Originating from a pre-healthcare era in which women were responsible for supporting themselves and other women during childbirth, came the earliest reports of midwifery. Today, professional midwife services can be found within traditional healthcare facilities.
New to Tri-County Health Care's midwifery team is Allison Freese-Johnson, certified nurse midwife. “I want to make a positive impact in the lives of women and their families. I’m a big believer in preventive health care and want to empower women to achieve a healthy lifestyle at any point in their life.”
Midwives have come a long way, now securing specialized training in the field of women's health in order to provide high-level care to patients wishing for an alternative to a traditional medical doctor.
"Midwives can offer many services including well woman visits, annual exams, contraceptive counseling, preconception counseling, infertility services, prenatal care, labor and delivery services in the hospital, postpartum care, newborn care, gynecological care and menopause management," stated Freese-Johnson, who completed her undergraduate studies at Minnesota State University, Mankato, before completing her education at Bethel University.
Freese-Johnson practices within the Tri-County Health Care facility, explaining that providing midwife services from a clinic-based setting allows patients and providers access to technology, such as ultrasounds, lab work and emergency medications and services, if needed.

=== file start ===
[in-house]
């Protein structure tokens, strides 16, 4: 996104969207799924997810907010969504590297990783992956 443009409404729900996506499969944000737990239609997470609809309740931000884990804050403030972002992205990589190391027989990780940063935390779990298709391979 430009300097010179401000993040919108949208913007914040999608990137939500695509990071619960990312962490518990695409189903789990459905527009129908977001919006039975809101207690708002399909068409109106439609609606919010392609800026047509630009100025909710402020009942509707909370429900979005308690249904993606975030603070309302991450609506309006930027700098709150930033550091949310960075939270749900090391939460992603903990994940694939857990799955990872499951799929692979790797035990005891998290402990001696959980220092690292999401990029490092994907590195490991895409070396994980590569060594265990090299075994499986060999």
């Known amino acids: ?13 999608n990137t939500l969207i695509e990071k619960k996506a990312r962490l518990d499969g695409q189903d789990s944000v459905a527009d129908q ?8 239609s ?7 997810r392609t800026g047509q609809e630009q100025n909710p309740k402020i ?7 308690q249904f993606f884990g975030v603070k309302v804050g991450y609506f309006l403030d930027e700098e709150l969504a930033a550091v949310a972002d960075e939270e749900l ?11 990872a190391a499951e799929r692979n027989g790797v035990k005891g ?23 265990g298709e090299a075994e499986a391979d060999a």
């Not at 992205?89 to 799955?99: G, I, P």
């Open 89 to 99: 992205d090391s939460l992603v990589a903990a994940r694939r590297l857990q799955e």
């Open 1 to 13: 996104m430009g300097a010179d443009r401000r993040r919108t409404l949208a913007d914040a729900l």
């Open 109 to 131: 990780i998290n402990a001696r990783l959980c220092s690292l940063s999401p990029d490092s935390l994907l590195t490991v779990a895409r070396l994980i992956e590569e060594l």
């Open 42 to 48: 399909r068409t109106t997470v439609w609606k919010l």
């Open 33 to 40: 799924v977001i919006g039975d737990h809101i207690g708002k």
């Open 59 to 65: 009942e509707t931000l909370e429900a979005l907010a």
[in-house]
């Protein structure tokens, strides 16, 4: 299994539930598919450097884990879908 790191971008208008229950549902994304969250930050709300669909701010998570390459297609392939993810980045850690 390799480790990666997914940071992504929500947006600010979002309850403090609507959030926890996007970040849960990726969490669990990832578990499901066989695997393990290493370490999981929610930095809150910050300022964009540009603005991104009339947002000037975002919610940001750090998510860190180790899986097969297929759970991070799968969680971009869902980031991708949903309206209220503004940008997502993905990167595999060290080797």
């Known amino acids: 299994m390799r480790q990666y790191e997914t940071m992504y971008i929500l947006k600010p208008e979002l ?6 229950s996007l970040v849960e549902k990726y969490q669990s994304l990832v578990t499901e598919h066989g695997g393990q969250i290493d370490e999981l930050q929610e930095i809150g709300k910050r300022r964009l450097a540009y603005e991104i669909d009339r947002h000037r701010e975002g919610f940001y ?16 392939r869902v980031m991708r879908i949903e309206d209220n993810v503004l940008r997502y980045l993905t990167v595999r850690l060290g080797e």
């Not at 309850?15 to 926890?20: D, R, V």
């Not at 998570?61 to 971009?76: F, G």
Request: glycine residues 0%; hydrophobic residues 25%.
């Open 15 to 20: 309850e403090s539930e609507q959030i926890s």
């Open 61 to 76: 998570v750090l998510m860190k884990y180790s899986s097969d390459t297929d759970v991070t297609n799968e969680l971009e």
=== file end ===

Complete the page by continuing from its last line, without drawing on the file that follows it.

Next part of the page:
With the resources available to midwifery services within a traditional healthcare setting, come the options for pain management during the birthing process — epidurals, IV medications, nitrous oxide, water birth tubs and more. The setting also allows laboring patients a continuous support system throughout their labor and delivery. Babies can be monitored for distress and induction of labor services and an operating room, in case of emergency, are also readily available.
A common misconception regarding midwives is that they are bound to prenatal care and labor and delivery functions, but this is not the case. From annual physicals for young women and old, midwives can function as primary providers for patients.
At time, however, there is a need for a medical doctor to step in. This is especially true in the case of certain complications during pregnancy or during the birthing process — preterm labor, preeclampsia, breech birth, birth of multiples and the need for a cesarean section would all require the care of a medical doctor, though the midwife would continue to assist with care.
Tri-County Health Care is excited about the addition of Freese-Johnson to their midwifery staff. “She is a great addition to our growing obstetrics department!" expressed chief ambulatory officer, Medley Shamp. "Families in the area need people like her to lead them through life’s most beautiful but stressful time. I can’t wait to hear from the mothers that get to work with Allison.”
Dedicated to her family, Freese-Johnson embraces rural living and loves everything Minnesota has to offer. A yoga enthusiast, she is also a runner, participating in three marathons to date.
More information about midwifery services is available at Tri-County Healthcare online at TCHC.org.